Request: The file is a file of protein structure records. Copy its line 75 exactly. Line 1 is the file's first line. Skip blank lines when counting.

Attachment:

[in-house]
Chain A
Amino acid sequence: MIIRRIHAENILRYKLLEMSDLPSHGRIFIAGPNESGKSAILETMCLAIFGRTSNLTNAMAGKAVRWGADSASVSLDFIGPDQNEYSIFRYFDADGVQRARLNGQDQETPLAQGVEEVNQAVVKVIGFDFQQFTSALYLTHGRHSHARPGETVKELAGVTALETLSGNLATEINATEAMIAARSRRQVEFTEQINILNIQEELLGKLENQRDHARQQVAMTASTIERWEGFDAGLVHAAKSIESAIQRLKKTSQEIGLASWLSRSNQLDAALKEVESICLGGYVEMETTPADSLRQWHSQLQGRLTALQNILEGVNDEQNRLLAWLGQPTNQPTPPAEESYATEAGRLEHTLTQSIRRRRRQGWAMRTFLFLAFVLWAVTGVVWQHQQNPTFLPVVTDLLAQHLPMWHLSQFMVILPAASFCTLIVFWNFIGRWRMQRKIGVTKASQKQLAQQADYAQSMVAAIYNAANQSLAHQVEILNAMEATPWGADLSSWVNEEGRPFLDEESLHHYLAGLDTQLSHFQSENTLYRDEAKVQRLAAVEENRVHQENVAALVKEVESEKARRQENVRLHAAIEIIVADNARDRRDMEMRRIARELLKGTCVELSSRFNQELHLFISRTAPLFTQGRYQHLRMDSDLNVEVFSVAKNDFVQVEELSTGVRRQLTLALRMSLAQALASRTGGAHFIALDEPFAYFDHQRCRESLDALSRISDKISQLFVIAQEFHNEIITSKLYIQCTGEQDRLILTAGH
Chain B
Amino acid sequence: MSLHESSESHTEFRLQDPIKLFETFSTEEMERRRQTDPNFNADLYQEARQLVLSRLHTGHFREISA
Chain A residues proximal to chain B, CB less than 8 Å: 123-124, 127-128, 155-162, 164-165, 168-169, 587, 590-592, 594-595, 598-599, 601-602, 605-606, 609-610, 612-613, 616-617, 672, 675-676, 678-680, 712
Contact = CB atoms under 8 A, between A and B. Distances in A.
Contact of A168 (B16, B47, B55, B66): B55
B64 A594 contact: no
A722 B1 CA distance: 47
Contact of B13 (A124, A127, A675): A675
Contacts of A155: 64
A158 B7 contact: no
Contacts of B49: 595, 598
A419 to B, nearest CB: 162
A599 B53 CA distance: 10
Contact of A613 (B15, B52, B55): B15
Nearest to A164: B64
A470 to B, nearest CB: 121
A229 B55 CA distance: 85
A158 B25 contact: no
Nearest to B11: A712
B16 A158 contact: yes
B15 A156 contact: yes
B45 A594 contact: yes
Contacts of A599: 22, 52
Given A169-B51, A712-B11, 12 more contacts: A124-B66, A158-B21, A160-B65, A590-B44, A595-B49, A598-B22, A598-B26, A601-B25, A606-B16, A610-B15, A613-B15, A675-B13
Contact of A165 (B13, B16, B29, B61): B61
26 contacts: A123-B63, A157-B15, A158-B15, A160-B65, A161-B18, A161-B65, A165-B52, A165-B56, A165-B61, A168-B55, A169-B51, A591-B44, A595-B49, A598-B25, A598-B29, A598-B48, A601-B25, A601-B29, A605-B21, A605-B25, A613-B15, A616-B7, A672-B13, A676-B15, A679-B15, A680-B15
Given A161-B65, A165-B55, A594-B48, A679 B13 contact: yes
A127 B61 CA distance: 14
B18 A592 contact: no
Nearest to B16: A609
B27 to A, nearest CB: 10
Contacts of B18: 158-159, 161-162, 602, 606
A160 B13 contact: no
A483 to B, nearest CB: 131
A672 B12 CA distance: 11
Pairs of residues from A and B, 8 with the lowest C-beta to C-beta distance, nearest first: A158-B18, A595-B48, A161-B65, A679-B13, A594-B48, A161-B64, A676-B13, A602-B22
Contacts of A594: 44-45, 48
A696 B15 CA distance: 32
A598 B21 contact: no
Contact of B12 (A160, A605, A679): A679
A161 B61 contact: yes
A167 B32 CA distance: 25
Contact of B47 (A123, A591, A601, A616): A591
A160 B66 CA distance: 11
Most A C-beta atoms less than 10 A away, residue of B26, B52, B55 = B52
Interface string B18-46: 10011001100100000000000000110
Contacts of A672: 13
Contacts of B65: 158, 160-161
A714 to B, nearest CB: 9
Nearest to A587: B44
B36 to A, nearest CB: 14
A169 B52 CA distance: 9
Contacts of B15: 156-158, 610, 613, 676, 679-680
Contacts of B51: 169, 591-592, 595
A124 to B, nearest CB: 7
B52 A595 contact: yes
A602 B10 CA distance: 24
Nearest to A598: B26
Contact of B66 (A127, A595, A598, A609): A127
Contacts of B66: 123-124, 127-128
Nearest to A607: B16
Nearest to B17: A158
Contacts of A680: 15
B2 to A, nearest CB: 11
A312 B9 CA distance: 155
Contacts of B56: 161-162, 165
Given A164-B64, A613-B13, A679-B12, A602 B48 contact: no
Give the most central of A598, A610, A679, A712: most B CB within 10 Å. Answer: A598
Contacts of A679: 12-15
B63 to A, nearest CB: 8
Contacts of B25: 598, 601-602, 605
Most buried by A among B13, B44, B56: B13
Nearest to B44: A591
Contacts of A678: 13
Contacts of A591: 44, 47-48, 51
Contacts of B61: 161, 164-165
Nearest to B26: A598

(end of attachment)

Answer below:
Most buried by A among B13, B44, B56: B13